More of an alpha male personality I suspect. The WBA side seems to share a lot of characteristics with Fulham, some bright players who are good enough to make Roy’s ways work, but not so good that they don’t think they have to listen. This is the beauty of Hangeland, Murphy, etc, good players who can work in a system. Mourinho’s magic is as you say, along the same lines, but with extraoardinardy man management and much bigger budgets. If you think about it, he got his break by taking Porto to European glory; Fulham to the Europa is not a dissimilar feat.

        But it is strange how Liverpool played so poorly, whereas West Brom, like Fulham, seem to be playing a nice, fluid attacking game (when it suits). Odd.

        Finally, as you may recall from the last Fulham Review, Roy’s time at Blackburn started extremely well, but as the Hodgson advocates left or lost influence, the detractors (Sherwood) took over. Chris Sutton had an “If Hodgson goes, so can I” clause in his contract, which is amazing.

        1. Agree about Mourinho, he is undoubtedly a great manager but he has had several regimes that have been very conducive to winning – Chelsea, Inter and Real have given him boatloads of money and a relatively stable club to come into.

          Hodgson at Inter was there in a transition period when they really were struggling. Blackburn was more stable although when the owner says “Why do you want to sign Zidane when we have Tim Sherwood?” maybe all was not what it seemed. Liverpool was obviously more of a mess than we all realised, and as soon as the new owners were in with ‘their guy’ Dalglish, they threw £60m at two new strikers and, surprise surprise, money+stability = success.

          I am not in any way calling Hodgson as good a manager as Mourinho, but I can imagine a younger Hodgson getting the same breaks and doing much better at bigger clubs than he has up to this point.

  2. Doesn’t sound like he’s planning on staying there long either:

    “I thought it would be a nicer way to finish the season than leaving Liverpool and not doing anything for six months.”

  3. The key problem at Liverpool surely was that players and fans felt they were deserving of a much more high profile manager.

    Add in the fact that their preferred candidate was an “ambassador” sitting in the stands advertising his desperation for the job and new owners wanting to please the faithful and Hodgson had no chance.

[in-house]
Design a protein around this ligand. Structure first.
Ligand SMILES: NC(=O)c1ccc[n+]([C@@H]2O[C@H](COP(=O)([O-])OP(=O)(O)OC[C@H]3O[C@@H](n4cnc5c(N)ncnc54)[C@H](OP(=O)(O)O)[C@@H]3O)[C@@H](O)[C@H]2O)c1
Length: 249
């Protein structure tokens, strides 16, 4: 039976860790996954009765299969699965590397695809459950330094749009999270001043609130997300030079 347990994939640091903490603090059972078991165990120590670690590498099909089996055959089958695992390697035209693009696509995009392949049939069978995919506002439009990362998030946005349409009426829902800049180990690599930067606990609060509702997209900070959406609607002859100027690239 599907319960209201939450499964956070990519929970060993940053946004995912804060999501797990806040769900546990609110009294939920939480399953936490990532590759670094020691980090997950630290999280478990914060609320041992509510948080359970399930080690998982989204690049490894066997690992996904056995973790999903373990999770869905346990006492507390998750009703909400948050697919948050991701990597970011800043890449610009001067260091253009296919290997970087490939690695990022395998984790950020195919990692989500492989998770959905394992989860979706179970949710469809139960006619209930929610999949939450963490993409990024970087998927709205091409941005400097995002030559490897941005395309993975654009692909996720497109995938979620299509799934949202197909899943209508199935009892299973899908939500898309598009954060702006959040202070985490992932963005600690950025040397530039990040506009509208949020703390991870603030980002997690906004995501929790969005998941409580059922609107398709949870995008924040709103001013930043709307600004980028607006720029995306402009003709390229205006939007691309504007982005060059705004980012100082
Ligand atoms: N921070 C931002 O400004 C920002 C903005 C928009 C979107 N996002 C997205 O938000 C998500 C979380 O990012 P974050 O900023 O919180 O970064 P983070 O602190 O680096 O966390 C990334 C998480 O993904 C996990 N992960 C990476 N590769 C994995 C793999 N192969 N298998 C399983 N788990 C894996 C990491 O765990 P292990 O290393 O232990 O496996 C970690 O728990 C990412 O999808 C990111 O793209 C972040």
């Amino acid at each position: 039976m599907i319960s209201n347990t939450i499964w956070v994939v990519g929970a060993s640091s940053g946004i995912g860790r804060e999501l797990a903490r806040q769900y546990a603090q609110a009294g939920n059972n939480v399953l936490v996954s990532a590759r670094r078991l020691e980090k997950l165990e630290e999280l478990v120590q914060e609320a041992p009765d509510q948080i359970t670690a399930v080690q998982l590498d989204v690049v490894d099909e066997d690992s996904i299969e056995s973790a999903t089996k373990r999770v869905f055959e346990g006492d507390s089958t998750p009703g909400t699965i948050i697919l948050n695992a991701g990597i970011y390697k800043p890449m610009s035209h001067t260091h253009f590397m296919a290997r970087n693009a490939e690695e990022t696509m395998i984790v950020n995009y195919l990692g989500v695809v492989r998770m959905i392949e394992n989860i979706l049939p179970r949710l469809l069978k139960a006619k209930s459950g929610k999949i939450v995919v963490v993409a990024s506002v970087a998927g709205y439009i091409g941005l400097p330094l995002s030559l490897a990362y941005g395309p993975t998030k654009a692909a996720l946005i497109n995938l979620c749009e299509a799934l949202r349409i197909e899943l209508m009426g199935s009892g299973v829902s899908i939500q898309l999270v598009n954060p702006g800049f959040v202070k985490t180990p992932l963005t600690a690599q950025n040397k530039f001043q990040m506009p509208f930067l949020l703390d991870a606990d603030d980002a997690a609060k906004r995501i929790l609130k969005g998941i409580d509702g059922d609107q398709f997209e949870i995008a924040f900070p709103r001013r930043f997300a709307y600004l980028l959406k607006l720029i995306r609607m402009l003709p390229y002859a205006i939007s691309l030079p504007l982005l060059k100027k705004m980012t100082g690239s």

Something he should have realised of course before he took the job.

  4. would you guys welcome him back? with hughes out of contract this summer. it’s possible we could be looking for a manager again.

    i think i would take him. that’s if, hughes leaves. this season has been fun to watch at times, and he looks to be putting together a solid squad. if we only we had bobby z all season.

    1. I think having Roy back would be wonderful. But the rumor mill is that Martin Jol is waiting in the wings… that’s a tough choice to make, and I have a feeling that Chairman Mo burnt that bridge as Roy crossed it.

      1. Chairman Mo certainly seems to have a temper and holds grudges. I would be happy with Hodgson back but only if Hughes left first.

    2. I’m sure he will still be at WBA next season and I hope Hughes will still be at Fulham but if htis is not to be then Jol would be good, so long as he has the summer to do his thing and bring in some players.

      Roy definitely should not come back. He should be cheered by the fans as a visiting manager and hopefully Mo has let his bitterness go and will shake his hand but Mo could never work with him again and to be honest we have moved on as a team. I think most of the players prefer the Hughes style rather then playing in the fairly rigid format of Roy.

    3. Besides, didn’t Mo say Hughes was much better looking that Hodgson? Can’t really take her back after that! Though I do wonder where Jol would land on Mo’s spectrum of physical beauty…

      1. I’d love to have Jol as manager solely for the fact that each time I see his picture I imagine him screaming, “DONKEY!”